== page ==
The situation in Judea and Samaria is approaching a dangerous tipping point, according to IDF Col. (res.) David Hacham, a senior research associate at the MirYam Institute.
Hacham, a former adviser on Arab affairs to seven Israeli defense ministers, told JNS that several factors could converge to quickly generate an escalation in the security situation in the area.
“We cannot rule out the possibility of a substantial escalation, reaching the point of popular unrest accompanied by a heightened level of terror attacks on Israeli military and civilian targets,” he said.
One of the key factors raising the odds of violence is the growing instability in the Palestinian Authority that stems from the power struggle raging over who will succeed P.A. chairman Mahmoud Abbas, 86, whenever he exits the political scene.
“He is nearing the end of his tenure as P.A. chairman, as Fatah leader and PLO Executive Committee head—positions he has held since he replaced Yasser Arafat after his death in November 2004,” said Hacham.
“Some of the candidates to succeed Abbas are backed by armed militias that carry out their orders. As a result, political strife may flare up and turn into violent eruptions, though the possible successors may also be able to settle their differences without a civil war. The most likely scenario is a limited internal clash,” he said.
If the competition for the succession gets too bloody, Israel, Arab states such as Jordan and Egypt, as well as the United States and the European Union, might intervene, he added.
Faced with these internal divisions, factionalism based on regional and tribal/clan identities will likely intensify within P.A.-ruled territory. The first sparks are already visible, according to Hacham.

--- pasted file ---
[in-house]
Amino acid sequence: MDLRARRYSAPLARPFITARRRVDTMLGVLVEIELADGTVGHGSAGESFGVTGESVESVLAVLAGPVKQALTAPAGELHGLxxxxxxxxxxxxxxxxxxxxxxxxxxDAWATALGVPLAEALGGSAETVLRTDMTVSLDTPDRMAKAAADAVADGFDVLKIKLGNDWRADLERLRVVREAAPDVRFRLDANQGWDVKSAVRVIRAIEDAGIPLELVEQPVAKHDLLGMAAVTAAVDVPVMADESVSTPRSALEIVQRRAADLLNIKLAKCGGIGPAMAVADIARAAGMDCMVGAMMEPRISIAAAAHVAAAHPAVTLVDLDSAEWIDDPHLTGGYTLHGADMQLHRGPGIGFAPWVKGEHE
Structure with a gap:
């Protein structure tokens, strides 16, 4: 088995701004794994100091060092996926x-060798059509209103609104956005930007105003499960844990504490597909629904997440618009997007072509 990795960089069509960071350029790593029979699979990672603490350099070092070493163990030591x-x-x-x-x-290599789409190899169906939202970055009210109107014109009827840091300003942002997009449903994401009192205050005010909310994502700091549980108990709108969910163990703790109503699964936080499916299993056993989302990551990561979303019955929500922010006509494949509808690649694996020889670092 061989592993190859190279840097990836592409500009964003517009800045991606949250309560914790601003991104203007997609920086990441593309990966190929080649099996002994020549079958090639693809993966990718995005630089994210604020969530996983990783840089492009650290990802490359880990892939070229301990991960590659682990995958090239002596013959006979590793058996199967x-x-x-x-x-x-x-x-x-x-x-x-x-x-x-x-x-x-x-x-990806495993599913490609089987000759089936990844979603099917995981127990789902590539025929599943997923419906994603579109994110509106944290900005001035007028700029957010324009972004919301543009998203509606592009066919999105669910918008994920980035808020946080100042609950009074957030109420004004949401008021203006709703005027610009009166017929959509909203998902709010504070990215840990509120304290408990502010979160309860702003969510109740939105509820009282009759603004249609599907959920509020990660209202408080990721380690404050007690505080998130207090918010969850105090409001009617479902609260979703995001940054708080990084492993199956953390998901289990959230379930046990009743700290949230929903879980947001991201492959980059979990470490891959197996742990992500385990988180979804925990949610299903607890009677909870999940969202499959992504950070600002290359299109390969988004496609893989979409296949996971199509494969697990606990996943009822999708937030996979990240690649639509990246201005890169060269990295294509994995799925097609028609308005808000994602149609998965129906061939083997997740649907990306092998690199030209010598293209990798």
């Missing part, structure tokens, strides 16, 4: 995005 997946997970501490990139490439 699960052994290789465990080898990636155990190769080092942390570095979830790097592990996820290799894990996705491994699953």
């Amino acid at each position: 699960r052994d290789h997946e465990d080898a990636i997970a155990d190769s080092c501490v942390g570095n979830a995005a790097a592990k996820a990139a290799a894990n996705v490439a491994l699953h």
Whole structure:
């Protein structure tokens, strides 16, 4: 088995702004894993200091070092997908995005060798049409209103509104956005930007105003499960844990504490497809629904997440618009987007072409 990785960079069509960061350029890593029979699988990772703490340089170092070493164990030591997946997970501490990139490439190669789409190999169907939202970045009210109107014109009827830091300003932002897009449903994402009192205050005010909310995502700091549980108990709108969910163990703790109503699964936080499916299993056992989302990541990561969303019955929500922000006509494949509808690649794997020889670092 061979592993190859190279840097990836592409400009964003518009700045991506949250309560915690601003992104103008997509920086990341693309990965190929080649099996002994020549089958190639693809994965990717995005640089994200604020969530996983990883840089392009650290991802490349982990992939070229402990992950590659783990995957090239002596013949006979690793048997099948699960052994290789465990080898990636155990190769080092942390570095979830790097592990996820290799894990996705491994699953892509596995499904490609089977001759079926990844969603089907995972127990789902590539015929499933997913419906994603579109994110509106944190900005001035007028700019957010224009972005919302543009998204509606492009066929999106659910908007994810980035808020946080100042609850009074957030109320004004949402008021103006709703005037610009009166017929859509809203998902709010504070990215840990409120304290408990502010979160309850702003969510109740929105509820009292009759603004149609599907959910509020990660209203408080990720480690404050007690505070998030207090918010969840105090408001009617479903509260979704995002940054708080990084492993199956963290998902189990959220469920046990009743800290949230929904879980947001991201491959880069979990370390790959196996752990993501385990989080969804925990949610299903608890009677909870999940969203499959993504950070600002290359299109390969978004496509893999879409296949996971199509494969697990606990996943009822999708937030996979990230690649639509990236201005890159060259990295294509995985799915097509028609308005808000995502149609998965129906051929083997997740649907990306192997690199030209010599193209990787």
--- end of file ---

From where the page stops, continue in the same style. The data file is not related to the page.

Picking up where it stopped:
“Individual behavior [in these areas] is governed more by traditional tribal/clan rules than by the judicial system or the P.A.’s security forces,” he said. “Tensions in the Palestinian arena are connected to the P.A.’s weakness, with P.A. security personnel fearful of dealing with terrorist gunmen and avoiding decisive action against them on the ground.”
The emergence in northern Samaria of a new generation of terrorists is a response to the power vaccuum resulting from the the P.A.’s weakness, said Hacham, who added that widespread discontent among Palestinians over the freeze in the diplomatic process with Israel adds fuel to the fire.
“This is especially true in Samaria, in Jenin and Nablus, which have become extremist-terrorist cities in Israeli eyes, and nationalist-revolutionary cities in Palestinian eyes. It’s also happening to a certain extent further south, in Judea, in Hebron,” he said.
“Armed attacks have become practically an everyday issue, and they usually target IDF positions, checkpoints and Israeli civilians in the sector,” he said.
“Almost every IDF operation in Jenin and Nablus, as well as in villages in the area, is accompanied by gunfire. This also indicates that terrorists have easy access to automatic rifles,” he added.